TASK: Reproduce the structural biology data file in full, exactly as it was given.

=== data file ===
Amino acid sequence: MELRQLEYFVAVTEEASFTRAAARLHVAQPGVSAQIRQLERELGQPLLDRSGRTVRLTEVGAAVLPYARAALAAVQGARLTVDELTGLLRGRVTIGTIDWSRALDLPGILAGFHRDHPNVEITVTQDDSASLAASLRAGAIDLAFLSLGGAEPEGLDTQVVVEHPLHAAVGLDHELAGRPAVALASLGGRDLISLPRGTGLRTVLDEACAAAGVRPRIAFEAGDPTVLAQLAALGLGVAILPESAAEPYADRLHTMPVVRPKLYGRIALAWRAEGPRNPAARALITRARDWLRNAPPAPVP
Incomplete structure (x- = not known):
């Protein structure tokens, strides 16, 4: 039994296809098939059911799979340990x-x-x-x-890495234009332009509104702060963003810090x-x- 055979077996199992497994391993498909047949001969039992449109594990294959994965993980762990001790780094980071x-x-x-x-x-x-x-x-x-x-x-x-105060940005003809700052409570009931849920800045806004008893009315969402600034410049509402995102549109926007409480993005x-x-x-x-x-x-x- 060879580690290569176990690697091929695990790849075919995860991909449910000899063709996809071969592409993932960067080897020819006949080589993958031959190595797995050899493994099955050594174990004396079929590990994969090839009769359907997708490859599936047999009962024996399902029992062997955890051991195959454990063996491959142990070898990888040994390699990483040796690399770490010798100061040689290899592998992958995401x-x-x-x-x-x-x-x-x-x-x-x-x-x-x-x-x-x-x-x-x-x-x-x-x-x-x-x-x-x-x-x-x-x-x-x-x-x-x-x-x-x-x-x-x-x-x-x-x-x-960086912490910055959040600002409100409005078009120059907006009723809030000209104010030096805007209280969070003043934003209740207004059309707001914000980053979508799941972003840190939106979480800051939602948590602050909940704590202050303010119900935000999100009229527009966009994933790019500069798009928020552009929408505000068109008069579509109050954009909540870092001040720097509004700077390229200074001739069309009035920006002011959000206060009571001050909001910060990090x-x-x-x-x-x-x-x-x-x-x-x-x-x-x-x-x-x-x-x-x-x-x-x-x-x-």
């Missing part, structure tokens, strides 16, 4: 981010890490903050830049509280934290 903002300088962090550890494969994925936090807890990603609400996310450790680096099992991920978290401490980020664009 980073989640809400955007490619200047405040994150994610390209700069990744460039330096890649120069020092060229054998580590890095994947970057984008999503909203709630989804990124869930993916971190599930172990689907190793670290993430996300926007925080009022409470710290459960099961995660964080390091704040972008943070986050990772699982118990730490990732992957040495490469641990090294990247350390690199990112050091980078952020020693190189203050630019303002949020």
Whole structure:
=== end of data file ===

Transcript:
Amino acid sequence: MELRQLEYFVAVTEEASFTRAAARLHVAQPGVSAQIRQLERELGQPLLDRSGRTVRLTEVGAAVLPYARAALAAVQGARLTVDELTGLLRGRVTIGTIDWSRALDLPGILAGFHRDHPNVEITVTQDDSASLAASLRAGAIDLAFLSLGGAEPEGLDTQVVVEHPLHAAVGLDHELAGRPAVALASLGGRDLISLPRGTGLRTVLDEACAAAGVRPRIAFEAGDPTVLAQLAALGLGVAILPESAAEPYADRLHTMPVVRPKLYGRIALAWRAEGPRNPAARALITRARDWLRNAPPAPVP
Incomplete structure (x- = not known):
């Protein structure tokens, strides 16, 4: 039994296809098939059911799979340990x-x-x-x-890495234009332009509104702060963003810090x-x- 055979077996199992497994391993498909047949001969039992449109594990294959994965993980762990001790780094980071x-x-x-x-x-x-x-x-x-x-x-x-105060940005003809700052409570009931849920800045806004008893009315969402600034410049509402995102549109926007409480993005x-x-x-x-x-x-x- 060879580690290569176990690697091929695990790849075919995860991909449910000899063709996809071969592409993932960067080897020819006949080589993958031959190595797995050899493994099955050594174990004396079929590990994969090839009769359907997708490859599936047999009962024996399902029992062997955890051991195959454990063996491959142990070898990888040994390699990483040796690399770490010798100061040689290899592998992958995401x-x-x-x-x-x-x-x-x-x-x-x-x-x-x-x-x-x-x-x-x-x-x-x-x-x-x-x-x-x-x-x-x-x-x-x-x-x-x-x-x-x-x-x-x-x-x-x-x-x-960086912490910055959040600002409100409005078009120059907006009723809030000209104010030096805007209280969070003043934003209740207004059309707001914000980053979508799941972003840190939106979480800051939602948590602050909940704590202050303010119900935000999100009229527009966009994933790019500069798009928020552009929408505000068109008069579509109050954009909540870092001040720097509004700077390229200074001739069309009035920006002011959000206060009571001050909001910060990090x-x-x-x-x-x-x-x-x-x-x-x-x-x-x-x-x-x-x-x-x-x-x-x-x-x-």
């Missing part, structure tokens, strides 16, 4: 981010890490903050830049509280934290 903002300088962090550890494969994925936090807890990603609400996310450790680096099992991920978290401490980020664009 980073989640809400955007490619200047405040994150994610390209700069990744460039330096890649120069020092060229054998580590890095994947970057984008999503909203709630989804990124869930993916971190599930172990689907190793670290993430996300926007925080009022409470710290459960099961995660964080390091704040972008943070986050990772699982118990730490990732992957040495490469641990090294990247350390690199990112050091980078952020020693190189203050630019303002949020």
Whole structure: